Release: Sep 19, 2015 - Author: Tony Montana - Translator: Tony Montana - external link: IMDB - more from this series
Compared are the cut International Version (German DVD by Polyband/WVG / FSK 16) and the uncut UK Version (UK DVD by Entertainment One / BBFC 15)
- 1 scene with alternate footage
- 15 removed scenes
- 1 extended scene
- Length difference: 362 seconds / approx. 6 minutes and 2 seconds
Ashes to Ashes is a spin-off of the amazing BBC show Life on Mars (not to be confused with the US Version starring Harvey Keitel as Gee Hunt, which is basically alright, but compared to the original, it comes off second best). Similar to Life on Mars, Ashes to Ashes is about a person that has an accident and then wakes up back in time. While DCI Sam Tyler from Life on Mars woke up in the 70s after a car crash, DI Alex Drake wakes up in the 80s after she got shot. Just like Sam, Alex desperately tries to find a way to get home, back to her little daughter Molly.
While Life on Mars took place in Manchester, Ashes to Ashes takes place in London. Other than the location, not many things have changed because DCI Hunt and his team have been transfered from Manchester to London. Besides Gene "The Gene Genie" Hunt himself, Ray Carling and Chris Skelton are in on it as well. Only Sam Tyler and Annie Cartwright are missing. Instead of Annie, young Shaz Granger is part of the team now. And instead of Sam, the spin-off is about Alex Drake. Like Sam, she sometimes gets upset about Gene's old-school methods and knows better. Among other things because there are things Gene simply cannot know yet because it has not happened yet.
Personally, I like Ashes to Ashes better than Life on Mars, which was an amazing show nonetheless. The different focus of each season is an added value that did not exist in Life on Mars. Furthermore, there is more Gene Hunt in it, who, similar to Ari Gold in Entourage, is the actual star of the show - despite the fact that the story is primarily about another person.
Season 1 is the season with the most similarities to Life on Mars. In both, the main character tries to figure out what to do how to get back home. This is also the only common theme in this first season. Other than that, the first season consists of "Case of the Week" episodes, as already known from Life on Mars (except for the final episodes of course).
Season 2 already tries a different approach. For the very first time, there is a common theme throughout the entire second season. In this case, it is a corruption scandal within the police that goes to the top. Indeed, there are a few "Case of the Week" episodes, but the characters never lose sight of the big picture, the corruption scandal, and it all ends in a two-part episode with a huge cliffhanger.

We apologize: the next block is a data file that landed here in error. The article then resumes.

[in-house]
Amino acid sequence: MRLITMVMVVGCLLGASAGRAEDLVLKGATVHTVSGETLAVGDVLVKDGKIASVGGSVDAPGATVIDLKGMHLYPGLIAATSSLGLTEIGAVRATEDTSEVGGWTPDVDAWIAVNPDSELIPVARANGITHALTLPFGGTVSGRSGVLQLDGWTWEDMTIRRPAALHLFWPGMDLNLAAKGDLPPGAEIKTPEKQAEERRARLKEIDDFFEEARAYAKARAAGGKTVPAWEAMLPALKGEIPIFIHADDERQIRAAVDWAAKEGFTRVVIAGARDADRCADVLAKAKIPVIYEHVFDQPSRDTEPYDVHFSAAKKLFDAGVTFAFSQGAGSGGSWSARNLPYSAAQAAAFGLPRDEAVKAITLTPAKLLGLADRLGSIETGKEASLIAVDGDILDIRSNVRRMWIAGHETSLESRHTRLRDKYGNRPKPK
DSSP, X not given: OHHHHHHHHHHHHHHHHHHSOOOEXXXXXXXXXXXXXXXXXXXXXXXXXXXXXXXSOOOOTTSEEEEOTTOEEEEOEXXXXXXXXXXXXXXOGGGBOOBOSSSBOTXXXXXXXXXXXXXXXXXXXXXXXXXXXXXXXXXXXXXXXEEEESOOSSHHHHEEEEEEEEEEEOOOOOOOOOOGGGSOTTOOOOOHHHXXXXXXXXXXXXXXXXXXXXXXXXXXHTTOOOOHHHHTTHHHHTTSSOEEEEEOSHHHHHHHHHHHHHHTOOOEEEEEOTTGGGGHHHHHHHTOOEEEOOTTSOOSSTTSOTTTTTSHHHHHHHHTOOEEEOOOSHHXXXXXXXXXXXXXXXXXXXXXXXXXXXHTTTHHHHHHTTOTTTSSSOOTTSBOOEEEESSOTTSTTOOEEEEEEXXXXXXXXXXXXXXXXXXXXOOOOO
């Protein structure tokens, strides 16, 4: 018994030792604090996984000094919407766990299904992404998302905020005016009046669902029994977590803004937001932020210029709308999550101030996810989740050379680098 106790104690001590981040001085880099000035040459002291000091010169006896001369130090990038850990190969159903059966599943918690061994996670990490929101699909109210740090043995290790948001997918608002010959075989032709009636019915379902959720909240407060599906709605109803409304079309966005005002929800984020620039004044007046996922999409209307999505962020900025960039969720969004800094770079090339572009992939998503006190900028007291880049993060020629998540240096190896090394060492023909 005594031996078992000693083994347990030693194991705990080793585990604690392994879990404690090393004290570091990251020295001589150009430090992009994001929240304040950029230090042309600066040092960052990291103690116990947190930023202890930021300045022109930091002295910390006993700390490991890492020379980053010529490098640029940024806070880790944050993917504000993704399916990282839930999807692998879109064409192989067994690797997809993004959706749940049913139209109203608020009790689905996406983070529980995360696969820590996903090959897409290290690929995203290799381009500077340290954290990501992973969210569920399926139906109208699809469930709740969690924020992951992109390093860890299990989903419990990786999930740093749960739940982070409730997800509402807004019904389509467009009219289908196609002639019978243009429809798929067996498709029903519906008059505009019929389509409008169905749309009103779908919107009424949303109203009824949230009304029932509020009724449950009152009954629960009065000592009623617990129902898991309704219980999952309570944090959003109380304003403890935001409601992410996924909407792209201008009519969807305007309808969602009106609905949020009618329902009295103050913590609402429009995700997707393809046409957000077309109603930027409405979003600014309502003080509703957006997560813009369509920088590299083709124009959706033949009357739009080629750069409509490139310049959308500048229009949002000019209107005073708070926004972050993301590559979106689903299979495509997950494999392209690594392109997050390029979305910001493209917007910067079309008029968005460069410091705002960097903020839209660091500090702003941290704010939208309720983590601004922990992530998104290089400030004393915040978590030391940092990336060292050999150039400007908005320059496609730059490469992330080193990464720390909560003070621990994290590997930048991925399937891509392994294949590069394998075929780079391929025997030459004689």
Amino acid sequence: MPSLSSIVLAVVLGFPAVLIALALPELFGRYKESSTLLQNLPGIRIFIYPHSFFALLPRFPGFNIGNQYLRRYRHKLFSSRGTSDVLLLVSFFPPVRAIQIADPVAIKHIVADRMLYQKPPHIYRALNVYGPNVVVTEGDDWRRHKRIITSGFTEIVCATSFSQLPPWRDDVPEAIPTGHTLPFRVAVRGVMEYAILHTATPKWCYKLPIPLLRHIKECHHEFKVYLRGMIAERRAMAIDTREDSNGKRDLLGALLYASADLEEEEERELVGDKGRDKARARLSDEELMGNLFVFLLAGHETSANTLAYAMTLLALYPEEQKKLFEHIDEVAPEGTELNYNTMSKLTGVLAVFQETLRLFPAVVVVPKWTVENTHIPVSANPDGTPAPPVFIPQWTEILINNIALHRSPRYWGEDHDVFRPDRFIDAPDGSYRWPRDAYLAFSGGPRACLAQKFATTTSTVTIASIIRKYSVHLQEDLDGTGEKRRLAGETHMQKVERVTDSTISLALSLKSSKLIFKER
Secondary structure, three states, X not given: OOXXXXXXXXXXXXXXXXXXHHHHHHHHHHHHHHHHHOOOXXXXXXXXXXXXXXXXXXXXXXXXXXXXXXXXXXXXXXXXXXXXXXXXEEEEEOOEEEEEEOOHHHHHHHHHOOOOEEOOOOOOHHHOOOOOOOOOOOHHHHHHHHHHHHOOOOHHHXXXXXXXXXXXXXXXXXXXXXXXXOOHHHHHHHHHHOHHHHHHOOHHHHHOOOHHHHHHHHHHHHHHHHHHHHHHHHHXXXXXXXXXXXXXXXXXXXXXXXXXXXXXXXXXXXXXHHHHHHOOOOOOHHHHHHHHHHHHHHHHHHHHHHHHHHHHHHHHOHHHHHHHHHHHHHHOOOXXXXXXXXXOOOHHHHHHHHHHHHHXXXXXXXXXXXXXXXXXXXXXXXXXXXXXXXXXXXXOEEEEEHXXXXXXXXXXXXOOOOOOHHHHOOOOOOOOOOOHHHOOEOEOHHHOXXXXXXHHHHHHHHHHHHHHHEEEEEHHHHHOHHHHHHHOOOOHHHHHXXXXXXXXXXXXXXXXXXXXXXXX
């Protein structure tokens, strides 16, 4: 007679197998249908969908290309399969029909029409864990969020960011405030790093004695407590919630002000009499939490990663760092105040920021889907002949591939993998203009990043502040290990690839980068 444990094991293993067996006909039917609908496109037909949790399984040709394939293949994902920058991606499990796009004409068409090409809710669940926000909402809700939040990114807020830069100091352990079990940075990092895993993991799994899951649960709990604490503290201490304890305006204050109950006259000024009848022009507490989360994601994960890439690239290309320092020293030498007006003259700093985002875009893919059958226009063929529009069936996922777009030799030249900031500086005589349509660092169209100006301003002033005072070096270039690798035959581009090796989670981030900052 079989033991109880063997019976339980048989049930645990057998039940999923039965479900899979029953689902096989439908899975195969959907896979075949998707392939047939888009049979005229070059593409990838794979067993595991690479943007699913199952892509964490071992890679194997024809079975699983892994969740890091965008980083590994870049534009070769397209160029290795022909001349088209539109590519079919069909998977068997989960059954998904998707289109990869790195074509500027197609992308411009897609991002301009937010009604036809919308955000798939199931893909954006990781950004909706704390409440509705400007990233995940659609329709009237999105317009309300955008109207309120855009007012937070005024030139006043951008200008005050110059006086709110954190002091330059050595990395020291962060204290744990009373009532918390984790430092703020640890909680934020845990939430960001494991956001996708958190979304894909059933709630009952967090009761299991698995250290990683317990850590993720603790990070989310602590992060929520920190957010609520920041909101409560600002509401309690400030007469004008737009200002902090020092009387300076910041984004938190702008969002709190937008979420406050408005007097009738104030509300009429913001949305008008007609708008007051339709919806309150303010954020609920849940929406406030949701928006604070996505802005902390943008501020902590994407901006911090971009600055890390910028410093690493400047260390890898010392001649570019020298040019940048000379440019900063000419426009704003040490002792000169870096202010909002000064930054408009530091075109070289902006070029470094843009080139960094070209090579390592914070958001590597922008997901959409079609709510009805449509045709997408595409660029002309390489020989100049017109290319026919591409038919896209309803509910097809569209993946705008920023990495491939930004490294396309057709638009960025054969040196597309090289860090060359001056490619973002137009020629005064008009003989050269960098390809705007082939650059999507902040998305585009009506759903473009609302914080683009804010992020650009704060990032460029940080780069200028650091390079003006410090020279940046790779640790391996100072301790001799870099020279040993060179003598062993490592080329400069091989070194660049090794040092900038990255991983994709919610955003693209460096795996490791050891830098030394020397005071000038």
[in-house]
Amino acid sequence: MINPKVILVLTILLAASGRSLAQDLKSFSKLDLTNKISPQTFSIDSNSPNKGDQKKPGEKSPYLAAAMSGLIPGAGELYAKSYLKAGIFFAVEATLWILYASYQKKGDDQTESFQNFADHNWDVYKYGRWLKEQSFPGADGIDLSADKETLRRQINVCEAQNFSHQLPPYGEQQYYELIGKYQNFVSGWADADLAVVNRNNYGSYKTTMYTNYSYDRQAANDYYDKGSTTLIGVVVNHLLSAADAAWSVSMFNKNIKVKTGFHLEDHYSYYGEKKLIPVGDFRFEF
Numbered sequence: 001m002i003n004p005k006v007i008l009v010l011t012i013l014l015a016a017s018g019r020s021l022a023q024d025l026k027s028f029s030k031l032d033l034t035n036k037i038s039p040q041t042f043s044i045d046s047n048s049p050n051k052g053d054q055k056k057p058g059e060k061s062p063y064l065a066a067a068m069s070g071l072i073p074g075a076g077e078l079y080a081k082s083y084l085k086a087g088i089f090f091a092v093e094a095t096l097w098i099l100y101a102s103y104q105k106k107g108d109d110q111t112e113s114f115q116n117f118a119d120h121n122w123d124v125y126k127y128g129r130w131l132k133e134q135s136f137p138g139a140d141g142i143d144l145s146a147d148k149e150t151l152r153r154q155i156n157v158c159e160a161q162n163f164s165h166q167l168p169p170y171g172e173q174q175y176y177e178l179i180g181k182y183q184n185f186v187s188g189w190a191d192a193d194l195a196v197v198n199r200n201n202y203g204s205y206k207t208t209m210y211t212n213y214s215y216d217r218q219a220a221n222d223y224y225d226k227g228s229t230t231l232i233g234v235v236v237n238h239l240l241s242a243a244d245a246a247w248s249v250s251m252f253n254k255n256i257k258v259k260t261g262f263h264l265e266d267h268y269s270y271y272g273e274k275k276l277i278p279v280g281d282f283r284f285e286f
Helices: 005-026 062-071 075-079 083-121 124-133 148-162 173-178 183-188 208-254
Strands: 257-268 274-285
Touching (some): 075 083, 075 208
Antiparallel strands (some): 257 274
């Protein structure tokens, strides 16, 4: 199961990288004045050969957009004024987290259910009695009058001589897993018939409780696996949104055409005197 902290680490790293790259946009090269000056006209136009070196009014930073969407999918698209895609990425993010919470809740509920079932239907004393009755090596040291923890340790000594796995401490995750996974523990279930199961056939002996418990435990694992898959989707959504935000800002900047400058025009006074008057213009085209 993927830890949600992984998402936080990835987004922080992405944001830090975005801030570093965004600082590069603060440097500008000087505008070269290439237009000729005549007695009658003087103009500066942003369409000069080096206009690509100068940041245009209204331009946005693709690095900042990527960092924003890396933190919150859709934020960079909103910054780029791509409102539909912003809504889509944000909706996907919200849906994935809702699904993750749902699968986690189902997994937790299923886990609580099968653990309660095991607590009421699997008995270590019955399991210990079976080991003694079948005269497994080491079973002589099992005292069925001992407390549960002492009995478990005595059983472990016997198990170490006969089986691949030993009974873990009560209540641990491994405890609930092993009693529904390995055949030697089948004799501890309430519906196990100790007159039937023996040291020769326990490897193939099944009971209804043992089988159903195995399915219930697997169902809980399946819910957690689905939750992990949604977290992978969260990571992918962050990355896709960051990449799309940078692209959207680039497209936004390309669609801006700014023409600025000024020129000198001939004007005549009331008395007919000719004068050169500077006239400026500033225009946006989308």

The final Season 3 has an entirely different concept. After cliffhanger finale in the second season, it takes some time until everything is back to normal. But even then, nothing is as it used to be. Starting with the first episode of this season, Alex has recurring visions of a young policeman wtih half of his face blown off. Moreover, a new character (Jim Keats) is being established. Apparently, Keats is after Hunt and he spares no effort to split up the team.
In general, the final season is more sinister on any level. Also, there are regular references to Sam Tyler and Life on Mars. The ending of Ashes to Ashes is also an ending of Life on Mars, if you will. Though there was an actual ending in Life on Mars, there was room for interpretation. In the finale of Ashes to Ashes, one gets a definite answer about where Sam and Alex are/were. Knowing Life on Mars is not a necessity, but it makes understanding the final season of Ashes to Ashes easier, that's for sure.
Certainly, the ending is not to everybody's taste. But it fits in perfectly, considering that the final season is rather sinister from the very beginning. In Life on Mars, the ending seemed a bit hasty resp. it all happened so sudden and next thing you know, the show was over. That does not mean the ending was bad. On the contrary, I liked it. But in Ashes to Ashes, it all seems thoroughly though through. And despite some reviews on the internet, the ending does make sense resp. one ending does not contradict the other one. The ending of Ashes to Ashes "only" adds another aspect to it. Explaining this in detail would be a massive spoiler hence I am not going to do that. But watch both shows and think about it for yourself. That way, it is more fun anyway. Also, I strongly advise to watch all 5 seasons of Life on Mars and Ashes to Ashes at least twice because the ending of Ashes to Ashes puts everything in a new perpective.
Similar to Life on Mars, there are two versions of Ashes to Ashes as well: the so-called "International Version", which lacks footage and has been sold internationally, and the longer resp. uncut "UK Version".
The Uncut Versions of both shows are available in the UK: Life on Mars on both Blu-ray and DVD, Ashes to Ashes only on DVD for some reason.
Bottom line, the International Versions are alright because no elementary scene has been removed. I would still recommend the Uncut Versions though because some of the removed footage is quite nice.
Time index refers to the UK Version (in PAL)
No recap in the International Version. (no screenshots)
Only the German DVD contains the additional titel "Zurück in die 80er" ("Back to the 80s). For obvious reasons, the UK DVD only contains the original show title. Furthermore, the German title of the episode follows after the opening. In the UK Version, the title does not appear.